The fourth segment of Public Broadcasting's "We Shall Remain" documentary airs tonight at 9 p.m. and will focus on the life of Geronimo.
Born around 1820 in the region of what is now southern New Mexico's Gila Wilderness, Geronimo led the last Indian fighting force to formally capitulate to the U.S. government.
Even on his deathbed, he declared to his nephew that he should never have surrendered.
As already mentioned, the Geronimo documentary airs tonight but tomorrow night is another interesting documentary. The PBS documentary on the cracking of the Mayan Indian code will air tomorrow night at 8 p.m. (originally aired in April).
According to PBS, "The ancient Maya civilization of Central America left behind an intricate and mysterious hieroglyphic script, carved on monuments, painted on pottery, and drawn in handmade bark-paper books. For centuries, scholars considered it too complex ever to understand—until recently, when an ingenious series of breakthroughs finally cracked the code and unleashed a torrent of new insights into the Mayas' turbulent past. For the first time, NOVA presents the epic inside story of how the decoding was done—traveling to the remote jungles of southern Mexico and Central America to investigate how the code was broken and what Maya writings now reveal."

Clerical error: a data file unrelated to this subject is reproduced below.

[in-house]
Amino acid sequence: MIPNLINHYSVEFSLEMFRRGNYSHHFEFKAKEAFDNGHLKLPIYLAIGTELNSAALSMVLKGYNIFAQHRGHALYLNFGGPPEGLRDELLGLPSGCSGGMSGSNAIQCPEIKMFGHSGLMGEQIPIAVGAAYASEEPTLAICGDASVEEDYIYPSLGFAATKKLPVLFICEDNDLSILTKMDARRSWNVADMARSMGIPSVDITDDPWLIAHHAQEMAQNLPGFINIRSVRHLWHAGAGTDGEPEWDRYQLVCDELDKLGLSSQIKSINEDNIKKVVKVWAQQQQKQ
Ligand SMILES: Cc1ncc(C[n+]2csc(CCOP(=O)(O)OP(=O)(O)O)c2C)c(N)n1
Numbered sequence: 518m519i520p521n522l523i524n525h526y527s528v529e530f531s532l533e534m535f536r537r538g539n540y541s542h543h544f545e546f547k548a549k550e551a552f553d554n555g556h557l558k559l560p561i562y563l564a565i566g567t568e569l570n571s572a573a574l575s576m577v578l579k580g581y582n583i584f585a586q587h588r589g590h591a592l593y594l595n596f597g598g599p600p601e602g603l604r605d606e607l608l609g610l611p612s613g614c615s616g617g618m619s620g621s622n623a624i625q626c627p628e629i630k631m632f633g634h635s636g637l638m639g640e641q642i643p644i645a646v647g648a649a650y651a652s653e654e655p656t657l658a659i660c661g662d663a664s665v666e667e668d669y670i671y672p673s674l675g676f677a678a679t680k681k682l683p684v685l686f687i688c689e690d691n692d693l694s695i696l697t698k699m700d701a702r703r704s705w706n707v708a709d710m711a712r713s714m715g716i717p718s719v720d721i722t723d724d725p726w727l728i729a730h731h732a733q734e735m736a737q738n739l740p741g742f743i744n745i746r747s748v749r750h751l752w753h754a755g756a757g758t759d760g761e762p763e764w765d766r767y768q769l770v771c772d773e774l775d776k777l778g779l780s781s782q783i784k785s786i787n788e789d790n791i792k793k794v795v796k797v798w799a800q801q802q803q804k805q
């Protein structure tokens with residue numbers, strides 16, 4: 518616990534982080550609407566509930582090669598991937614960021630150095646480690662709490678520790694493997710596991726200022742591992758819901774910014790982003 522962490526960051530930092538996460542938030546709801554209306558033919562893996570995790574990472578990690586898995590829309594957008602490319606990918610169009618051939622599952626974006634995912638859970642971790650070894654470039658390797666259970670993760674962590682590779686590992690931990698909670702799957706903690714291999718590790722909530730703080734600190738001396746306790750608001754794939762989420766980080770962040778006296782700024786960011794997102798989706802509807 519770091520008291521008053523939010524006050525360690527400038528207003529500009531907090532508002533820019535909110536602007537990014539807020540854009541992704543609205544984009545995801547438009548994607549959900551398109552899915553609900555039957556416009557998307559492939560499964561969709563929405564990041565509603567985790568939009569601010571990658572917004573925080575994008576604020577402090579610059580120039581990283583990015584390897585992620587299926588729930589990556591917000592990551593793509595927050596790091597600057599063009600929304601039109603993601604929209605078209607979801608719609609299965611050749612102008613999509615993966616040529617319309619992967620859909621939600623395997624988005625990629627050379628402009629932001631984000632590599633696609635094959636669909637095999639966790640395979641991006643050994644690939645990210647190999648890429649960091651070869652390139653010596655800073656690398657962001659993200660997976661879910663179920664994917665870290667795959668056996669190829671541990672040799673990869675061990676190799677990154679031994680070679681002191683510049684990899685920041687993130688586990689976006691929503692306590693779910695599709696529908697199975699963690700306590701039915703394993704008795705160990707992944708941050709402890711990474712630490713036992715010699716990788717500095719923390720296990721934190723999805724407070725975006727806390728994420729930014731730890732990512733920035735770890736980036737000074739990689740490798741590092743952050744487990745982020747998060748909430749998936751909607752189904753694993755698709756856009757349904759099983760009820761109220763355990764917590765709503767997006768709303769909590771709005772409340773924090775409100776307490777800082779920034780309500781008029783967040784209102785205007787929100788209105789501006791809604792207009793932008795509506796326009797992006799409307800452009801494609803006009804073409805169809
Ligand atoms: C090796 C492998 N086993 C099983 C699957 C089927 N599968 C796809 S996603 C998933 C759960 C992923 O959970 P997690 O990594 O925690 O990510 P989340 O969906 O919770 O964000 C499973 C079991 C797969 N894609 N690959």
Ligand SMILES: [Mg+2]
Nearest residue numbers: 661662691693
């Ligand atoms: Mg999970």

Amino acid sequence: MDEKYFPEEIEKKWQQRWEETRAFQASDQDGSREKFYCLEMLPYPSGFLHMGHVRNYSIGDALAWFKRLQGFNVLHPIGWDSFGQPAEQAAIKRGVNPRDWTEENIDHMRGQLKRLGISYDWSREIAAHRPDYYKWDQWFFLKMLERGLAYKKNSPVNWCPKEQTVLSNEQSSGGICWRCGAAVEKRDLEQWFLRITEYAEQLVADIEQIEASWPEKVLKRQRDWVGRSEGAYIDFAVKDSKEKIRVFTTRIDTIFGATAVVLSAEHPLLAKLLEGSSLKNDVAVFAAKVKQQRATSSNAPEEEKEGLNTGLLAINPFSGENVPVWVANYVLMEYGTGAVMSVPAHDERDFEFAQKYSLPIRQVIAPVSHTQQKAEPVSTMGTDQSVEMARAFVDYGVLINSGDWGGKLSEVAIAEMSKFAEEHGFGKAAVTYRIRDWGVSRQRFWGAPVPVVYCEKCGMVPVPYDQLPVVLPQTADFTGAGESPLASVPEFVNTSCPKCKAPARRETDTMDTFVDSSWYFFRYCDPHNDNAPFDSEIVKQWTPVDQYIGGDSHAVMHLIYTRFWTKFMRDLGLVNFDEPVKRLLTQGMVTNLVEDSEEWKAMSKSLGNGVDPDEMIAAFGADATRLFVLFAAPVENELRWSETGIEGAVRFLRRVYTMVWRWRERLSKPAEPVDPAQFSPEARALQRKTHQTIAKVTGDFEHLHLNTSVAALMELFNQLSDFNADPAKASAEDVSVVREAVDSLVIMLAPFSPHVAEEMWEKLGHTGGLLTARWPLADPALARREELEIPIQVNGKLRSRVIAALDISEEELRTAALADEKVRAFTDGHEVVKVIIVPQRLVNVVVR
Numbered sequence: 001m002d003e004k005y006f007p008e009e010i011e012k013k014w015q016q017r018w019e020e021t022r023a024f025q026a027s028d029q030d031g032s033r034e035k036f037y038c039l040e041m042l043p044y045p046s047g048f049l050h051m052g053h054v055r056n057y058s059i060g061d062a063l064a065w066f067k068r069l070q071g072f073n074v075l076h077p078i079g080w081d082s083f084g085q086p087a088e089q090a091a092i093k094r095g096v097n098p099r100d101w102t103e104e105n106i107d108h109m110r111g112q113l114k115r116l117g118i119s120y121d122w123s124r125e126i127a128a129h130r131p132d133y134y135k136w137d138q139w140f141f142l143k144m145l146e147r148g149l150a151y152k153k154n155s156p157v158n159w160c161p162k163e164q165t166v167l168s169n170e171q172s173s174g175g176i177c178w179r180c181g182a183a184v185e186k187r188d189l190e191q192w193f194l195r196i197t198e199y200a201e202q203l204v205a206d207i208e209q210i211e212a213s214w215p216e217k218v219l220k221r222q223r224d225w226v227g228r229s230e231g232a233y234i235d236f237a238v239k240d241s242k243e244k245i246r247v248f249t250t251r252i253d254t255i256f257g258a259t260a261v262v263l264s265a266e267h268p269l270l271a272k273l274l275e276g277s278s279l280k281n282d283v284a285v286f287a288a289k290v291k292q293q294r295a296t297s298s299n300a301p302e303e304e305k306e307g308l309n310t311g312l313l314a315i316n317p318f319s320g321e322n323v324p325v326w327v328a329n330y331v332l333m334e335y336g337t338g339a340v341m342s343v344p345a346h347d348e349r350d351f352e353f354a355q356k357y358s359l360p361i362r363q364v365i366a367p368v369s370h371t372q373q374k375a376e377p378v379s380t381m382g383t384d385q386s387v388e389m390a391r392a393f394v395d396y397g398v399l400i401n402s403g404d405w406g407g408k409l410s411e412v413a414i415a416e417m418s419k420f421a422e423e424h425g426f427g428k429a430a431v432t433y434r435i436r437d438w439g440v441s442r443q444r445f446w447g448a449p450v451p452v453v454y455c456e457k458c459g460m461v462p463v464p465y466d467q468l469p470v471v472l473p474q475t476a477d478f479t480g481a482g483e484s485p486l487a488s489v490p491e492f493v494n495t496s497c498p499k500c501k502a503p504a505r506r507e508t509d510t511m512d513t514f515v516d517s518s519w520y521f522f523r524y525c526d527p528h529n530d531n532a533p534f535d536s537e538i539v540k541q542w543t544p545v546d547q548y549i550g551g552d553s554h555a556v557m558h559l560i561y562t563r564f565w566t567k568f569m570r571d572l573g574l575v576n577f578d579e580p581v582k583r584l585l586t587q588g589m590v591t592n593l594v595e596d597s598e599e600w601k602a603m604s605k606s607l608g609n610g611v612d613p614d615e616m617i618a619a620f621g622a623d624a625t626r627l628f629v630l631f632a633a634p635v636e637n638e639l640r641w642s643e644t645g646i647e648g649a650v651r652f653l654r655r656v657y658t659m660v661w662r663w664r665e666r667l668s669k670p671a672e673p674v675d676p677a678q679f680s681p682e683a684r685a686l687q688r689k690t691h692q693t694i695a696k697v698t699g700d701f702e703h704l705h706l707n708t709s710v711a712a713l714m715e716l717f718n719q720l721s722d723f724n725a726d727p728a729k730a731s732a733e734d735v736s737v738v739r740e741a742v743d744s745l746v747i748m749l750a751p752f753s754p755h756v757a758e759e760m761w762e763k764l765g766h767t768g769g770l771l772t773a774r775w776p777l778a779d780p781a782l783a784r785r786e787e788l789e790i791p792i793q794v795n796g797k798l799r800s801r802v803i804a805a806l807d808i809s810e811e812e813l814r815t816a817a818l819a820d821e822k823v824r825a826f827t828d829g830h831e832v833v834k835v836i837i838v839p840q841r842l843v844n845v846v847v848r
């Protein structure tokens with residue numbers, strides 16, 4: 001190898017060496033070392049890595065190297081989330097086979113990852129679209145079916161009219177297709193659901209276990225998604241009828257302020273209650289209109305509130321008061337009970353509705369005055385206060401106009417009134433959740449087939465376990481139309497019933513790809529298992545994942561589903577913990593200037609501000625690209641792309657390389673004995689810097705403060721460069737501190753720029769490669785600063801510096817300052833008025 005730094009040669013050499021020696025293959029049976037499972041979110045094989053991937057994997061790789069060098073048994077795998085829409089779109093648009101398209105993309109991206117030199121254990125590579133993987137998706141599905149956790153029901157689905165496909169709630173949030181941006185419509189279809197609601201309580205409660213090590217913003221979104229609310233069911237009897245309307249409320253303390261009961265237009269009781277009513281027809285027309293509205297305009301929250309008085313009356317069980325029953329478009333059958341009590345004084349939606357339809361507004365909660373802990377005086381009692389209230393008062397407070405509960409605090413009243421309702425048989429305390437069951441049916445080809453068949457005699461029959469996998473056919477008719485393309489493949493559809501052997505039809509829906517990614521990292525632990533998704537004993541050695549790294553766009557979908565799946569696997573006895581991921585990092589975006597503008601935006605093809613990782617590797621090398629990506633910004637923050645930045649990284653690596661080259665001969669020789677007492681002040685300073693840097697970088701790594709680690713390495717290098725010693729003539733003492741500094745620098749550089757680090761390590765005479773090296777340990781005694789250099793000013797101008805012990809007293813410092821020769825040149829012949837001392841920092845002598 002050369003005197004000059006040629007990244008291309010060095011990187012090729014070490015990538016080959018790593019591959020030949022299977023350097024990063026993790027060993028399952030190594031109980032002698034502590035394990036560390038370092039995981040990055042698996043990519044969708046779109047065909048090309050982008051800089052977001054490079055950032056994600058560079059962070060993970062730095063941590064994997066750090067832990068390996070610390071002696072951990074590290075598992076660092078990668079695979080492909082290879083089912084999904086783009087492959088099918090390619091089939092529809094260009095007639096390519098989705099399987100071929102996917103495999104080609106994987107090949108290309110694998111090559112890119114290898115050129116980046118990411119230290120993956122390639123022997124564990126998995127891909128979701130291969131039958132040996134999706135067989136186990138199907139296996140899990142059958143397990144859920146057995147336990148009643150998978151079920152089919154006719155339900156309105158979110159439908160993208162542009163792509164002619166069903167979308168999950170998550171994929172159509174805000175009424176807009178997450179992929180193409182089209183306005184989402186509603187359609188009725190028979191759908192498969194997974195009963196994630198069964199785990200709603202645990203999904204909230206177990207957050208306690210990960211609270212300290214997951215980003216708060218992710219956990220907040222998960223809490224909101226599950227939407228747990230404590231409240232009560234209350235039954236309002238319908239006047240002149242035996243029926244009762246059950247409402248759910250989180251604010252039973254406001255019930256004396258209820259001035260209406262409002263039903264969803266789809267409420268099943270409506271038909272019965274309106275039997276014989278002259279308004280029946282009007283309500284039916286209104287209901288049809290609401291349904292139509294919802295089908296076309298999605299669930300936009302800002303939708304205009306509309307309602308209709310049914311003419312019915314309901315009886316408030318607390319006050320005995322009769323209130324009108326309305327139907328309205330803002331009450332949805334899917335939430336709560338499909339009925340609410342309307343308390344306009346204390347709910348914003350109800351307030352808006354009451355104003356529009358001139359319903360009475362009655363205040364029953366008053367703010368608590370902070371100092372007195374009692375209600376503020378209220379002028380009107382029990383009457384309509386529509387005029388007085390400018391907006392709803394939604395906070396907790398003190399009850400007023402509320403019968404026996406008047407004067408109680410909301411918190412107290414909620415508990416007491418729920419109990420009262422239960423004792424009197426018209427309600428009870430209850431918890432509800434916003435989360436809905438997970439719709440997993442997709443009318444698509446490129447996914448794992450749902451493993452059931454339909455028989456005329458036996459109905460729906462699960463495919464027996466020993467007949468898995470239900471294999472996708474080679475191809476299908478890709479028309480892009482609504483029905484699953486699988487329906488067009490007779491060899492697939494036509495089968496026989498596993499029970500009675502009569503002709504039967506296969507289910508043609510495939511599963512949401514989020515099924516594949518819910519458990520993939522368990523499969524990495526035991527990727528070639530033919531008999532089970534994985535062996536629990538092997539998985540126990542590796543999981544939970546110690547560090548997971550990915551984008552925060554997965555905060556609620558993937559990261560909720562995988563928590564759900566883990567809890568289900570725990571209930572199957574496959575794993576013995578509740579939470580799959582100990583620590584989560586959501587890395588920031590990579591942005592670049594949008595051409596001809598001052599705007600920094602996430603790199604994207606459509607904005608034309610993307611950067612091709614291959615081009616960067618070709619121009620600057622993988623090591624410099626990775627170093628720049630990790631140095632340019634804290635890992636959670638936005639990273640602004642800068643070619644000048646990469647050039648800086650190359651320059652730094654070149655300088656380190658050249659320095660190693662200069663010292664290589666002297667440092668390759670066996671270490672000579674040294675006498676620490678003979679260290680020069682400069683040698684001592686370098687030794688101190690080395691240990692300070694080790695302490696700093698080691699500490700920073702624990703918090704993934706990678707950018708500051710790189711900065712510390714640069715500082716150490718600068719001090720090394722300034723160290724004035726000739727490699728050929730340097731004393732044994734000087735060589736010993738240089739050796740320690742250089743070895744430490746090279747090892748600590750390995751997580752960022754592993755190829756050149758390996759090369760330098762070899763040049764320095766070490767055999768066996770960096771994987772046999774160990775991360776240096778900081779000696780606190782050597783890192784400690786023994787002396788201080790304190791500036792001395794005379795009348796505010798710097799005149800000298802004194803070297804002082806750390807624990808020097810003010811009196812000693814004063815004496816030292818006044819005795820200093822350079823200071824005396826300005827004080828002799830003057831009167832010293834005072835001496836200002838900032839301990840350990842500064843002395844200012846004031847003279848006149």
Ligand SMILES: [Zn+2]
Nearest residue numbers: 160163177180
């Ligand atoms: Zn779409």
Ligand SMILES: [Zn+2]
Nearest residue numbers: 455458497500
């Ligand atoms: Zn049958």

"The Maya script is the New World's most highly developed ancient writing system, and it is "our one and only opportunity to peer into the Americas before the arrival of Europeans and hear these people speaking to us," says Simon Martin, a specialist in Maya inscriptions at the University of Pennsylvania Museum of Archaeology and Anthropology. Yet records of this written language were all but destroyed by European conquerors, who burned an untold number of Maya books. Today, only four known, partial examples survive."
Seasonal Closing - Because the Mashantucket Pequot Museum and Research Center is closing seasonally this year, the Research Library, the Children’s Library, and Archives & Sp...
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